According to a poll of four investment houses conducted by Business Daily, gaming revenues in Macau will likely decline 16.5% in January.
The estimates in the decrease of revenue by all four investment houses-HSBC, Daiwa, Wells Fargo and Stern Agee- range from 13% to 20%. The forecasted decline still has a considerable margin of error but if the market predictions are correct, Macau casinos will have their best month since September.
Wells Fargo, which gave an 18% forecast, said in a note to clients this week that daily gaming revenue during the second week of January was MOP743 million, 22% behind January’s first week (MOP950 million) and 1% down from December’s daily average.
Macau casino revenue fell 2.6% to 351 billion patacas ($44 billion) in 2014, after a record a 30.4% drop to 23.3 billion in December, the seventh straight month of decline. Last year is also the first annual decline since the special administrative region began releasing financial figures in 2002.
Sterne Agee says gaming revenue totaled MOP8.7 billion in the first 11 days of January, a drop of 13% from a year ago. Macau gaming operators recovered some ground in the stock market on January 13, with shares improving around 1.5% (except Melco Crown, which lost 1.2%).
This week saw the arrest of more than 100 people in Macau related to a prostitution ring, including Alan Ho, nephew of casino tycoon Stanley and other executives and will have to remain in prison while waiting for his trial, said Macau’s prosecution office.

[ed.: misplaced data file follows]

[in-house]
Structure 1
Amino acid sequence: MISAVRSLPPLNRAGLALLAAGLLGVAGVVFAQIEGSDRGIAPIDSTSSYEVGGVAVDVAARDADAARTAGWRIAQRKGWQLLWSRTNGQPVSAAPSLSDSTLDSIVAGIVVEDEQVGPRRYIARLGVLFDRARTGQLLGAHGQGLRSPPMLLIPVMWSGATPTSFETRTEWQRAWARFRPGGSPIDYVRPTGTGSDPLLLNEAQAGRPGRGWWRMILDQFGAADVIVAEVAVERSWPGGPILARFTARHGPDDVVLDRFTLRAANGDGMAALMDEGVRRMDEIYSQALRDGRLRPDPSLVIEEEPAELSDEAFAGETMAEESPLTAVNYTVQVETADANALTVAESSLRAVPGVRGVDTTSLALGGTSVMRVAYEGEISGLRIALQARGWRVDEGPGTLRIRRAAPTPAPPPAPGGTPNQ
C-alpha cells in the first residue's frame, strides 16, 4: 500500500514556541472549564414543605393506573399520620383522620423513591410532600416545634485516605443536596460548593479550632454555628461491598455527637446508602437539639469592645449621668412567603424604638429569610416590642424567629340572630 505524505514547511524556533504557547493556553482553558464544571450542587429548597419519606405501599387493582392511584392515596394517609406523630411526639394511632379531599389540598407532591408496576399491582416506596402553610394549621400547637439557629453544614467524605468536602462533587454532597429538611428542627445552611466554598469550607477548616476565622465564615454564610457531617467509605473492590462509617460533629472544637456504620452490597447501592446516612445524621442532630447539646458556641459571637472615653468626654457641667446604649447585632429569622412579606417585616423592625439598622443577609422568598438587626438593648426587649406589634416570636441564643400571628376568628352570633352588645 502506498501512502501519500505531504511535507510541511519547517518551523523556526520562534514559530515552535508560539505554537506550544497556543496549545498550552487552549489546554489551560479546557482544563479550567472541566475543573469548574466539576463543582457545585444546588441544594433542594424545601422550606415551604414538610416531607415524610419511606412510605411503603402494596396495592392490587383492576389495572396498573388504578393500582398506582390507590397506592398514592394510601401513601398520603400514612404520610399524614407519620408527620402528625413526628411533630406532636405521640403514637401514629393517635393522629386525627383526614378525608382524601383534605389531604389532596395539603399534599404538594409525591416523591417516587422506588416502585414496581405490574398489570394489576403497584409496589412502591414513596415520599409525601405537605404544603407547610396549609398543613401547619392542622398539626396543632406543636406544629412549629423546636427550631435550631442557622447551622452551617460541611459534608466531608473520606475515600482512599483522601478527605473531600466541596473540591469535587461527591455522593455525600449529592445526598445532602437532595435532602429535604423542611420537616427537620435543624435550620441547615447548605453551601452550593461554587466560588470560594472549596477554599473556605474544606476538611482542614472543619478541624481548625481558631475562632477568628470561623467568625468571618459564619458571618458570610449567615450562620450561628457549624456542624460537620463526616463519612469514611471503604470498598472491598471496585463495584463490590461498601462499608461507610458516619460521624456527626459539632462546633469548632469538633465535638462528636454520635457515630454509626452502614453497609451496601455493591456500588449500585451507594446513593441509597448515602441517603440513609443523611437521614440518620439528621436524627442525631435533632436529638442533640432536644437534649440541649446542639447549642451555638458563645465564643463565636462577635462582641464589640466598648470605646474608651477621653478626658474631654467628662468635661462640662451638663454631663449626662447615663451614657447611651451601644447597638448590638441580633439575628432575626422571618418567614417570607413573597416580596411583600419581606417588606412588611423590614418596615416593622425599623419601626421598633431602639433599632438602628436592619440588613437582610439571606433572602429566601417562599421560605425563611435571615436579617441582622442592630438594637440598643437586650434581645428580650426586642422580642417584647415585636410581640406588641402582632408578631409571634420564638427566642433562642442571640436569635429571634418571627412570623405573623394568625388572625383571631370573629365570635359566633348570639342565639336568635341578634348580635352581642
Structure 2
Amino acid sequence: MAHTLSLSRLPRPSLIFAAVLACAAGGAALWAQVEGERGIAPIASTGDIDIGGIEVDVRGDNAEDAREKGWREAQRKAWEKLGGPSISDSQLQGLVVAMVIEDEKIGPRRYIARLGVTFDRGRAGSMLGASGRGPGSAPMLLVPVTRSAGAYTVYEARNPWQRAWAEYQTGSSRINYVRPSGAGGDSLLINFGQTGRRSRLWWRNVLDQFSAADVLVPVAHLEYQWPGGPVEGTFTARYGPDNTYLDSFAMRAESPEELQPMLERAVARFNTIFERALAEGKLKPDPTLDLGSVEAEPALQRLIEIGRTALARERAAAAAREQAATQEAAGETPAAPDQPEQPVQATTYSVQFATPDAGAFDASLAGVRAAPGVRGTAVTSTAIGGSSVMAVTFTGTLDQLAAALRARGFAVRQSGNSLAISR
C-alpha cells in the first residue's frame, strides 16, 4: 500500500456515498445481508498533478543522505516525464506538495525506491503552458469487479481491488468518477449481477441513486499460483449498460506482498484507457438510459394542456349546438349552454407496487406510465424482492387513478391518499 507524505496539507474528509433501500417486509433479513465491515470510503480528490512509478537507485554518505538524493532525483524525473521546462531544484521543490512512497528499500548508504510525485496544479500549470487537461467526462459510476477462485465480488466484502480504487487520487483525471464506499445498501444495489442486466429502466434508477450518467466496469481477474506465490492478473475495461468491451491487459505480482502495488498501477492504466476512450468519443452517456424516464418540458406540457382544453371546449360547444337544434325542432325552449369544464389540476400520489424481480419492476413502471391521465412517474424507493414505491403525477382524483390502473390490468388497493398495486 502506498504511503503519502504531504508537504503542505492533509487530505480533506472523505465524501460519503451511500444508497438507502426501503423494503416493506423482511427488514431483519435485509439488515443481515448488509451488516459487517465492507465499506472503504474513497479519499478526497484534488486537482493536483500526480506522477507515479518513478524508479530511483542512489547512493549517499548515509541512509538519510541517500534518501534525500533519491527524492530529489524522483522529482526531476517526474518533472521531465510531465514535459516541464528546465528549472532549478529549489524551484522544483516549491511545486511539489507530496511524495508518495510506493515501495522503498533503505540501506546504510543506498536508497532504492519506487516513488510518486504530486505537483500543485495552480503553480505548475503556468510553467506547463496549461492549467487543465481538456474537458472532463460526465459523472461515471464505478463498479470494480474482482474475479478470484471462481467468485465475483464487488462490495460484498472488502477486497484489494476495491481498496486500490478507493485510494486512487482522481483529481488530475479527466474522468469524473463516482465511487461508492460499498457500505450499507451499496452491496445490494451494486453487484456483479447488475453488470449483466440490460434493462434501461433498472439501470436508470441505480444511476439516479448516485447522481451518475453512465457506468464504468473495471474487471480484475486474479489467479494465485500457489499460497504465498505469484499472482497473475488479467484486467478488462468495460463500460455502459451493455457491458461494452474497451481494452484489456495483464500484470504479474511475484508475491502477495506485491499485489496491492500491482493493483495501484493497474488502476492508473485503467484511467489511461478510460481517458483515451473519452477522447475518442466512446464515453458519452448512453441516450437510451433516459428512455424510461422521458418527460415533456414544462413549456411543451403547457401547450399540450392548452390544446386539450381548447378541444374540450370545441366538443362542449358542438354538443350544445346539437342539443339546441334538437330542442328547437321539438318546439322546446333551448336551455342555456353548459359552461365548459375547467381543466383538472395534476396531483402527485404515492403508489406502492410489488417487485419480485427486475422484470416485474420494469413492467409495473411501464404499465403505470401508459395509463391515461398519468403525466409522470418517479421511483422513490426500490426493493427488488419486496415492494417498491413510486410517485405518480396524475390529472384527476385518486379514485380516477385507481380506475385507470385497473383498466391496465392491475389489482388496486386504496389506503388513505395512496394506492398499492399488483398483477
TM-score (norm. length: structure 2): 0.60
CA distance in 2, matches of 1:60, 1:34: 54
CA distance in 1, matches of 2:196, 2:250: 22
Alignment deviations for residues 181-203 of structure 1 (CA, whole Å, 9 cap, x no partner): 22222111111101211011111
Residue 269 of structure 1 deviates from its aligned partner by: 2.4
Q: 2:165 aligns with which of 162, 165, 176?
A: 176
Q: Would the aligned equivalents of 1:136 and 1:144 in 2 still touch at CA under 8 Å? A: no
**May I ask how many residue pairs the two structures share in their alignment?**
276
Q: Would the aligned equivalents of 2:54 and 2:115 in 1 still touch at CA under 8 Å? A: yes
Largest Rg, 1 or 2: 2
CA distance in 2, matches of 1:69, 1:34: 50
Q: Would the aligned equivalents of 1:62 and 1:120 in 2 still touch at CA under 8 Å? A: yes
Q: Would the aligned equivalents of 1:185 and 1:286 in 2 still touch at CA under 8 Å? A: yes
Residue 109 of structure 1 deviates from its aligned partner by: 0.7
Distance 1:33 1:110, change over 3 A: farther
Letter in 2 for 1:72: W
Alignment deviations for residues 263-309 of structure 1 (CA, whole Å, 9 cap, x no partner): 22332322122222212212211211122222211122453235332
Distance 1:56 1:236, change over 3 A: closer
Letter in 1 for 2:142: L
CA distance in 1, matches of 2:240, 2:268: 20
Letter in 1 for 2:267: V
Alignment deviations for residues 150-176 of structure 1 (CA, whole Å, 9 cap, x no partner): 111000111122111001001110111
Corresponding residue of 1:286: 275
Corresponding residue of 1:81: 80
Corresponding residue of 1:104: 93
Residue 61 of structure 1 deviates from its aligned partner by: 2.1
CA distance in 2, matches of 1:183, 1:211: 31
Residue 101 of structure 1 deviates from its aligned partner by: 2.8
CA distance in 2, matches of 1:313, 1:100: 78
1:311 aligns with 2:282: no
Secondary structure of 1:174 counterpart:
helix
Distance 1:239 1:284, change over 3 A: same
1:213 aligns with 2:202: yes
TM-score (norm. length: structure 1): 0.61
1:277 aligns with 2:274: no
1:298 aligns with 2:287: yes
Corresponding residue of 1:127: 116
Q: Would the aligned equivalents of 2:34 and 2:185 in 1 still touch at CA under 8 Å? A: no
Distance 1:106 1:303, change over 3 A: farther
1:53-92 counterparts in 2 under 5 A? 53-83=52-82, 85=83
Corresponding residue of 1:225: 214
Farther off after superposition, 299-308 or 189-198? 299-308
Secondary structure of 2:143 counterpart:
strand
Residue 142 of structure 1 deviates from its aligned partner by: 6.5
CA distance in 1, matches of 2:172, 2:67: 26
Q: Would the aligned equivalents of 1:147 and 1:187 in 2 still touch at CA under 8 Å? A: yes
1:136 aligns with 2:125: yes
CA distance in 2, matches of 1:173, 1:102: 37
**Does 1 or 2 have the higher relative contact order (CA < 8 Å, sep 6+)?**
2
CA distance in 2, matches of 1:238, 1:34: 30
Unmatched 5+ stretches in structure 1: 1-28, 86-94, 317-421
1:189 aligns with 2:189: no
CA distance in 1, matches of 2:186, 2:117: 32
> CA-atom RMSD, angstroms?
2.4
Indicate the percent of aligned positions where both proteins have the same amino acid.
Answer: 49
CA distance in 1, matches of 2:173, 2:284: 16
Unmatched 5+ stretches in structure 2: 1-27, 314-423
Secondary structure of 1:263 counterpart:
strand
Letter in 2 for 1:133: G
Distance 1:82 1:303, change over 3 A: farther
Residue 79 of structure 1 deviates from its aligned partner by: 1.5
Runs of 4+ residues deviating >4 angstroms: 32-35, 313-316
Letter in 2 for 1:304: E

Alan Ho and other senior executives of Hotel Lisboa (pictured) were arrested over the weekend for allegedly running a prostitution ring at the property.The police estimate those involved made more than MOP400 million (US$50 million) over the past two years.
Japanese finance firm Nomura said on Thursday that the arrest of Alan Ho will “not have a direct impact on revenue of SJM or other Macau casino operators”.
“The arrest of Alan Ho is just one example of cooperation between Macau police and Guangdong police, focusing on the crackdown of cross-border organised crimes not limited to illegal money transfer, offshore gambling, etc,” Nomura said. “Macau and Guangdong police action has become more intense since end-2014 ahead of President Xi’s visit to Macau.”